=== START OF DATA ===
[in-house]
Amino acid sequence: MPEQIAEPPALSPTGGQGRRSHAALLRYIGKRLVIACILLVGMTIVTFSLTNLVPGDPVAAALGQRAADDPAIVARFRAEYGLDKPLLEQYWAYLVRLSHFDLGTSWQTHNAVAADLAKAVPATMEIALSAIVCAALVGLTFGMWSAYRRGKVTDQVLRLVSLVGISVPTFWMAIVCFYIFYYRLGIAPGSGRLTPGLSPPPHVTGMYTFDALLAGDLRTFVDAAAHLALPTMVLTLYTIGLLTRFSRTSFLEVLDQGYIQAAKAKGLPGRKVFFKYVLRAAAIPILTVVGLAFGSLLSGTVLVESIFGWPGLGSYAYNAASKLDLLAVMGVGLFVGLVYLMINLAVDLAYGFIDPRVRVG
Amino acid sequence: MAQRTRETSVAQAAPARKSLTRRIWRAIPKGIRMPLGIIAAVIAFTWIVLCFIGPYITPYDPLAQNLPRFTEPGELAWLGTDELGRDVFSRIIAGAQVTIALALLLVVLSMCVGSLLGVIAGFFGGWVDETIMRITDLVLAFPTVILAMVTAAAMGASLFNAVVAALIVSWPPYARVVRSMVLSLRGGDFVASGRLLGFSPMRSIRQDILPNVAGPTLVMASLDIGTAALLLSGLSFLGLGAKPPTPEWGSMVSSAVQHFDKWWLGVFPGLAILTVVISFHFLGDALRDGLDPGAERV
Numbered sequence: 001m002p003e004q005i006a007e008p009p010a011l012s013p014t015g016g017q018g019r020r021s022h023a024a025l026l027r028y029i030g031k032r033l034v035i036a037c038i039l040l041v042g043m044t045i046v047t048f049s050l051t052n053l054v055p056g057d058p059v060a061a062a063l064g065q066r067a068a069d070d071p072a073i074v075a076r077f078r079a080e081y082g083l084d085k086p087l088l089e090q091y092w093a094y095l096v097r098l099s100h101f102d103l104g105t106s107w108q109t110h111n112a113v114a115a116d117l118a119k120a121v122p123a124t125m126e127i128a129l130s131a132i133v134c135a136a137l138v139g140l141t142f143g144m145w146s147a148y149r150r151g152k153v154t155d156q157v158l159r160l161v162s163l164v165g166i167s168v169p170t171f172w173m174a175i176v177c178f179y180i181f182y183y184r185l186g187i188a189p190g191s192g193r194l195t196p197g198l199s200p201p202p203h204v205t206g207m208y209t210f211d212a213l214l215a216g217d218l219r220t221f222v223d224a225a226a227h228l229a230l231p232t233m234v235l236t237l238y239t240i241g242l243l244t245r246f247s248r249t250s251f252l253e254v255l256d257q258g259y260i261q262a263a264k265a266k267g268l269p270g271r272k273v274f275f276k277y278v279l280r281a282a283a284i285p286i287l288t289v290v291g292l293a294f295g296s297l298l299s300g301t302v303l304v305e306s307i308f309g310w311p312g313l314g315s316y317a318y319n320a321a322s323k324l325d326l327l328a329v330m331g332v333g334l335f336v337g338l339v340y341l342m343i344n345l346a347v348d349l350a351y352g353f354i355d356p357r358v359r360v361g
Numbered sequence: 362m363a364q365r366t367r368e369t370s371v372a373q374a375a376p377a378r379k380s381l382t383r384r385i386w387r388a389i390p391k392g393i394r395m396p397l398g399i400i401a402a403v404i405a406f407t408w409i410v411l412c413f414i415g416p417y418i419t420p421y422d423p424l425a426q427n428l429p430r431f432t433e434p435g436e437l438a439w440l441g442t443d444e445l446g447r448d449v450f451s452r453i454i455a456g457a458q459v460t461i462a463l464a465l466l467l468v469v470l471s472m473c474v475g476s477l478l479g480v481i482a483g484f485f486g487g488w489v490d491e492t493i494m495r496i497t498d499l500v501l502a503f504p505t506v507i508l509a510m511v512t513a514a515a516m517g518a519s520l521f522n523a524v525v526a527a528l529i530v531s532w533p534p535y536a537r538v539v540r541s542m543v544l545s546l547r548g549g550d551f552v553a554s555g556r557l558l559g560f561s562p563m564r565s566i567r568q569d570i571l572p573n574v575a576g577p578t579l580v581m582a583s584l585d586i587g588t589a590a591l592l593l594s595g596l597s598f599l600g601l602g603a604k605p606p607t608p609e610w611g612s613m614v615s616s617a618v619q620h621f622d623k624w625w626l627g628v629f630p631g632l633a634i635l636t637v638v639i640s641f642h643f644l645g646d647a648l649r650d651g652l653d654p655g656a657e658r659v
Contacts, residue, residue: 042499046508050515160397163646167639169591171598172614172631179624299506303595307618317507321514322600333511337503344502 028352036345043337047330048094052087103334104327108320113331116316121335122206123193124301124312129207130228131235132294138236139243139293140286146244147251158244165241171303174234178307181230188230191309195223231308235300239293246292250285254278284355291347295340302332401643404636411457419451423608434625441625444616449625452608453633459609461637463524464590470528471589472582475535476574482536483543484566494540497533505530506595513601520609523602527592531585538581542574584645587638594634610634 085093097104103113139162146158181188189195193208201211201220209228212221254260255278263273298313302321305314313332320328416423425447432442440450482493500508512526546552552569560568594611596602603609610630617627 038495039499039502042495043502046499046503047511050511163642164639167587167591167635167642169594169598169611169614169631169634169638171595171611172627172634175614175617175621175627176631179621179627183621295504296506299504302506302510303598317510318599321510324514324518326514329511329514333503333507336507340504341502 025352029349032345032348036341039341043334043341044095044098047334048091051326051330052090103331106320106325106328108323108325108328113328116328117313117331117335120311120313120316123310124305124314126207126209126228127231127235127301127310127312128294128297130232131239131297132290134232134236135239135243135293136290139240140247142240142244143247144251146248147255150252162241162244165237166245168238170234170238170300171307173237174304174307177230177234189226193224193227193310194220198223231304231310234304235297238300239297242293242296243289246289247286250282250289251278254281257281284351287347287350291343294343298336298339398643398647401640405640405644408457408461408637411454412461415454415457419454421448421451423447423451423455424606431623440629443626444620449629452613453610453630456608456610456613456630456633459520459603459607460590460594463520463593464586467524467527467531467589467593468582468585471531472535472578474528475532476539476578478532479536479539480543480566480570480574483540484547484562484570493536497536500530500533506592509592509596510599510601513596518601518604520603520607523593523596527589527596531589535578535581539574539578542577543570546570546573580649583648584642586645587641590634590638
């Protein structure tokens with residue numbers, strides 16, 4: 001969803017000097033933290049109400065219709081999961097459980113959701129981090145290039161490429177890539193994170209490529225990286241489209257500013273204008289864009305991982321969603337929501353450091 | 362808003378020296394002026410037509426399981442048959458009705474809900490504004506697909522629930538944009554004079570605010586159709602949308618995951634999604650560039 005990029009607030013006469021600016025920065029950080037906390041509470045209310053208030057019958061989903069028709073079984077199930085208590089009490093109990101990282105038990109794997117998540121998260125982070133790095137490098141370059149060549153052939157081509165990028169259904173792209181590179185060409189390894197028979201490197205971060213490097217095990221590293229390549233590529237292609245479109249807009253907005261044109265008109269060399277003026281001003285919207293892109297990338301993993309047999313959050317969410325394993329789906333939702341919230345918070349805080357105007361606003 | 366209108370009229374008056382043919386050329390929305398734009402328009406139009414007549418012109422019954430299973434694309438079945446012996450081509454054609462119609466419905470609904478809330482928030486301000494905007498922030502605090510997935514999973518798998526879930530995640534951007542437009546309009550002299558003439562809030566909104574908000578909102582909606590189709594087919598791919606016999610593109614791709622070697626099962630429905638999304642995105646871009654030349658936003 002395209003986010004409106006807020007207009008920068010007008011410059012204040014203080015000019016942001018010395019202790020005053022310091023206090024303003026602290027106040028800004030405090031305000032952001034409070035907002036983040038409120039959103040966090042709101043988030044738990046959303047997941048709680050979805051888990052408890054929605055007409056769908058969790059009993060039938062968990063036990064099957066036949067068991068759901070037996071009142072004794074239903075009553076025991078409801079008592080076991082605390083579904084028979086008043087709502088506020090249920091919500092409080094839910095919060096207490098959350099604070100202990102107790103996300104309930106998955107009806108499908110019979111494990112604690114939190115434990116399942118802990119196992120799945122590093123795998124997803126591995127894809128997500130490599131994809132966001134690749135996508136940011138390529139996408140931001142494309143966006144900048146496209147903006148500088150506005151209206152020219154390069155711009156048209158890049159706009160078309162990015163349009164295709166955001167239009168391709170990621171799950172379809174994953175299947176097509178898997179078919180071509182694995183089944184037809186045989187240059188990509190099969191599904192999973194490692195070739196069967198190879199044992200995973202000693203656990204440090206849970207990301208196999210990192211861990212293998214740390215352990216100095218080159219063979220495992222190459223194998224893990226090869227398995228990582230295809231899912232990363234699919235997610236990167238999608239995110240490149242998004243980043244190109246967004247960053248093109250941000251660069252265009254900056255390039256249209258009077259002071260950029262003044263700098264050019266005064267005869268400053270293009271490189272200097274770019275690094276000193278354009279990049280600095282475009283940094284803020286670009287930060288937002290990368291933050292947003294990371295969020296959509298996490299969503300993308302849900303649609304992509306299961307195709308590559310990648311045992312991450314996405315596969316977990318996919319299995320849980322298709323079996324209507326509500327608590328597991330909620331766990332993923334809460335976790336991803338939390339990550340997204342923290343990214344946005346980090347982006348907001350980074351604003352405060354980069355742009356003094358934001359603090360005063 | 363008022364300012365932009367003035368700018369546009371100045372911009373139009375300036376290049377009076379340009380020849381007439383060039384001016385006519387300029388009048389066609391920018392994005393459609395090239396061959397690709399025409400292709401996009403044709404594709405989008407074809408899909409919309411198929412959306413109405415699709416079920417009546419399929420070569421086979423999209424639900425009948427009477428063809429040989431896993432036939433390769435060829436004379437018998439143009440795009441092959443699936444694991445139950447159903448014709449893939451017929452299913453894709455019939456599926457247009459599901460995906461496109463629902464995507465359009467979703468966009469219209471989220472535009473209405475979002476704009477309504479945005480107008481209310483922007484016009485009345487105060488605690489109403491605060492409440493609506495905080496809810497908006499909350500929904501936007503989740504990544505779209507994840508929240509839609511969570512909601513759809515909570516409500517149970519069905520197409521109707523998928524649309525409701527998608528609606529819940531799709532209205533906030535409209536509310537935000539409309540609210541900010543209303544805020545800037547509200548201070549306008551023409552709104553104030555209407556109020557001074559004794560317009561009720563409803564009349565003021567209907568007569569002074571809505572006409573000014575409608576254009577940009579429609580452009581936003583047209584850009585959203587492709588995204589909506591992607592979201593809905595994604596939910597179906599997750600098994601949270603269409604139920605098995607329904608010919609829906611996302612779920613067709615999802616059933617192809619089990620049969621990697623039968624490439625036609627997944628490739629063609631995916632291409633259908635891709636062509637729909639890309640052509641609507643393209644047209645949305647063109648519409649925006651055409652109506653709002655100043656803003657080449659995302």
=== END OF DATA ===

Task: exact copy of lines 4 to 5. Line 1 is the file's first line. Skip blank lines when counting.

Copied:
Numbered sequence: 001m002p003e004q005i006a007e008p009p010a011l012s013p014t015g016g017q018g019r020r021s022h023a024a025l026l027r028y029i030g031k032r033l034v035i036a037c038i039l040l041v042g043m044t045i046v047t048f049s050l051t052n053l054v055p056g057d058p059v060a061a062a063l064g065q066r067a068a069d070d071p072a073i074v075a076r077f078r079a080e081y082g083l084d085k086p087l088l089e090q091y092w093a094y095l096v097r098l099s100h101f102d103l104g105t106s107w108q109t110h111n112a113v114a115a116d117l118a119k120a121v122p123a124t125m126e127i128a129l130s131a132i133v134c135a136a137l138v139g140l141t142f143g144m145w146s147a148y149r150r151g152k153v154t155d156q157v158l159r160l161v162s163l164v165g166i167s168v169p170t171f172w173m174a175i176v177c178f179y180i181f182y183y184r185l186g187i188a189p190g191s192g193r194l195t196p197g198l199s200p201p202p203h204v205t206g207m208y209t210f211d212a213l214l215a216g217d218l219r220t221f222v223d224a225a226a227h228l229a230l231p232t233m234v235l236t237l238y239t240i241g242l243l244t245r246f247s248r249t250s251f252l253e254v255l256d257q258g259y260i261q262a263a264k265a266k267g268l269p270g271r272k273v274f275f276k277y278v279l280r281a282a283a284i285p286i287l288t289v290v291g292l293a294f295g296s297l298l299s300g301t302v303l304v305e306s307i308f309g310w311p312g313l314g315s316y317a318y319n320a321a322s323k324l325d326l327l328a329v330m331g332v333g334l335f336v337g338l339v340y341l342m343i344n345l346a347v348d349l350a351y352g353f354i355d356p357r358v359r360v361g
Numbered sequence: 362m363a364q365r366t367r368e369t370s371v372a373q374a375a376p377a378r379k380s381l382t383r384r385i386w387r388a389i390p391k392g393i394r395m396p397l398g399i400i401a402a403v404i405a406f407t408w409i410v411l412c413f414i415g416p417y418i419t420p421y422d423p424l425a426q427n428l429p430r431f432t433e434p435g436e437l438a439w440l441g442t443d444e445l446g447r448d449v450f451s452r453i454i455a456g457a458q459v460t461i462a463l464a465l466l467l468v469v470l471s472m473c474v475g476s477l478l479g480v481i482a483g484f485f486g487g488w489v490d491e492t493i494m495r496i497t498d499l500v501l502a503f504p505t506v507i508l509a510m511v512t513a514a515a516m517g518a519s520l521f522n523a524v525v526a527a528l529i530v531s532w533p534p535y536a537r538v539v540r541s542m543v544l545s546l547r548g549g550d551f552v553a554s555g556r557l558l559g560f561s562p563m564r565s566i567r568q569d570i571l572p573n574v575a576g577p578t579l580v581m582a583s584l585d586i587g588t589a590a591l592l593l594s595g596l597s598f599l600g601l602g603a604k605p606p607t608p609e610w611g612s613m614v615s616s617a618v619q620h621f622d623k624w625w626l627g628v629f630p631g632l633a634i635l636t637v638v639i640s641f642h643f644l645g646d647a648l649r650d651g652l653d654p655g656a657e658r659v